May 22, 2016 – Harriman State Park, Stony Point, NY
Length: approximately 4.5 miles
Route type: out and back
To keep in the spirit of recent hikes, We were off to see more ruins before they get completely covered in green. Harriman State Park is the second largest state park in New York. Located in Rockland and Orange counties, 30 miles north of New York City, it is a haven for hikers with over 200 miles of hiking trails. The park is also known for its 31 lakes, multiple streams, public camping area, and great vistas. The park’s hiking trails are currently maintained by volunteers from the New York – New Jersey Trail Conference.
On this hike we would be following the yellow blazes of the Suffern-Bear Mountain Trail for a good portion of the way. So armed with a Harriman-Bear Mountain Trails Map we started off our hike by parking in a small lot on CR 106 right alongside Minisceongo Creek, which has some very nice cascades along with some scenic spots to relax.
From the parking area we proceeded towards the creek and turned right just before the small bridge which crosses it. There is a white arrow painted on the pavement which was helpful.
We started off with a mostly level woods walk with the soothing sounds of Minisceongo Creek to our left.
After a short walk, the trail led us away from the creek and started to rise. We were in for our first ascent of the day.
As the trail started to level off, a huge glacial erratic known as Irish Potato which sat alongside the trail came into view.
To get an idea about how large it is I added an image of me standing in front of it.
We continued on the S-BM Trail for awhile until we came upon an unmarked trail that veered right as the S-BM Trail veered left. We proceeded along the unmarked trail which became hard to follow, but I could see Upper Pound Swamp (which is really a lake) through the trees, so we just bushwacked through the woods towards it.
Once along the water, the trail became visible again and now we were looking for a woods road that went to the left. That would bring us to the first ruins of the day. As we ascended up the unmarked woods road I saw what appeared to be a stone wall partially covered by trees on the left. There it was, the Rose O. Redard estate. This former estate is said to be that of the heiress of Red Rose Tea fame, but after doing a little research it does not appear to be so. Click on the ensuing images to enlarge.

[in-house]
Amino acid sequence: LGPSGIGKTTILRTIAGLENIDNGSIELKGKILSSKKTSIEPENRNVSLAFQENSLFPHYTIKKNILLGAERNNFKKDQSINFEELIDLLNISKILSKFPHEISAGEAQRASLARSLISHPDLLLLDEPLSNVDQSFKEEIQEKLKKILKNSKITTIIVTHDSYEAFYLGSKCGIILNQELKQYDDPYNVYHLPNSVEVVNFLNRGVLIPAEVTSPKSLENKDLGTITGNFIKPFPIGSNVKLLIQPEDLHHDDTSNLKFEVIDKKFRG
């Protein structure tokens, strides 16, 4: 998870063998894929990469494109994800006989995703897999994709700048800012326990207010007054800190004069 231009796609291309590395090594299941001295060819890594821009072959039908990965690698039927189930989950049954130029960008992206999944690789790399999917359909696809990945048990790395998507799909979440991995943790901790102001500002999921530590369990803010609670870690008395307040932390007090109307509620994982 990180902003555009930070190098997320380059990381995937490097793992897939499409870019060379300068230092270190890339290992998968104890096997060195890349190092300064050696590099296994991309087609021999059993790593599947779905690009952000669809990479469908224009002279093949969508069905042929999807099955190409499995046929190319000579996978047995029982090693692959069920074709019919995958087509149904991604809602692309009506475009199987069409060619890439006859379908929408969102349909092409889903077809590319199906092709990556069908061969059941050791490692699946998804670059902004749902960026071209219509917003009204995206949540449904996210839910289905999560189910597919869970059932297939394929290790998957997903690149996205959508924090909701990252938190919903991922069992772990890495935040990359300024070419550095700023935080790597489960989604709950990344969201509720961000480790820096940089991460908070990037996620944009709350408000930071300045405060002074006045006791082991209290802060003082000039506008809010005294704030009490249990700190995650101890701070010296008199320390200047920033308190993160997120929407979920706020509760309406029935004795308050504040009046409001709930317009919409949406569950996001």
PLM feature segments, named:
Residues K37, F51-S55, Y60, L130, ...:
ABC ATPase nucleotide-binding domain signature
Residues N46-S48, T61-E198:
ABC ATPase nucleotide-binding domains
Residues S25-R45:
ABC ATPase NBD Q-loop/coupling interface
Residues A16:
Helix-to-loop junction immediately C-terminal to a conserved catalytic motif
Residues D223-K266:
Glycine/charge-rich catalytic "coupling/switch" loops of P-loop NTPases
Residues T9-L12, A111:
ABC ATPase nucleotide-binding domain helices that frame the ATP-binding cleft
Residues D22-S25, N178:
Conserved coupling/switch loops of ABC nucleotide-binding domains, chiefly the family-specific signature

After exploring these ruins and taking a well deserved break, it was time to move on. We had to retrace our steps back to CR 106 where our vehicle was parked to continue on to part 2 of this hike. The section of the Suffern-Bear Mountain Trail where the other ruins were located continued on the other side of the road. Up to this point we did not see another soul along our route until we saw a father and son fishing at Upper Pound Swamp on the way back. The return was made more difficult by having to hike back up Irish Mountain. It was a picturesque hike nonetheless with nothing but the sounds of birds and interesting rock formations dotting the landscape.
We took a break back at the parking area and decided what our next move was going to be. Originally we were going to hike up past the Jackie Jones Fire Tower to the Big Hill Shelter which would have added another 4.5 miles to our hike. Upon further review we decided to just visit the ORAK ruins which only added another mile or so. We started at the gated paved road, once again following the yellow blazes of the Suffern-Bear Mountain Trail.
We followed the S-BM trail uphill on the paved road for about a quarter mile until it veered left onto a woods road and a few minutes later we were there. More ruins! Known as ORAK, the mansion was built in 1923 by George Briggs Buchanan, a vice president of the Corn Products Refining Company, which manufactured Karo syrup (Orak is Karo spelled backwards). After Buchanan died in 1939, his heirs sold the mansion to the park, and it was demolished in 1973. Click on the ensuing images to enlarge.
After passing the gate house we saw some more of the former estate.
After exploring and photographing these ruins we decided it was time to get our grill on. We retraced our steps back to the vehicle and headed off to enjoy the rest of the afternoon with some food and drink. On the way back we encountered this Black Rat Snake that was slithering amongst the stones of the once mighty estate.
Until next time, happy trails.
I love the pictures as well as the write up.It’s nice to find another Hudson Valley Hiker!!!!
Thanks, I appreciate it.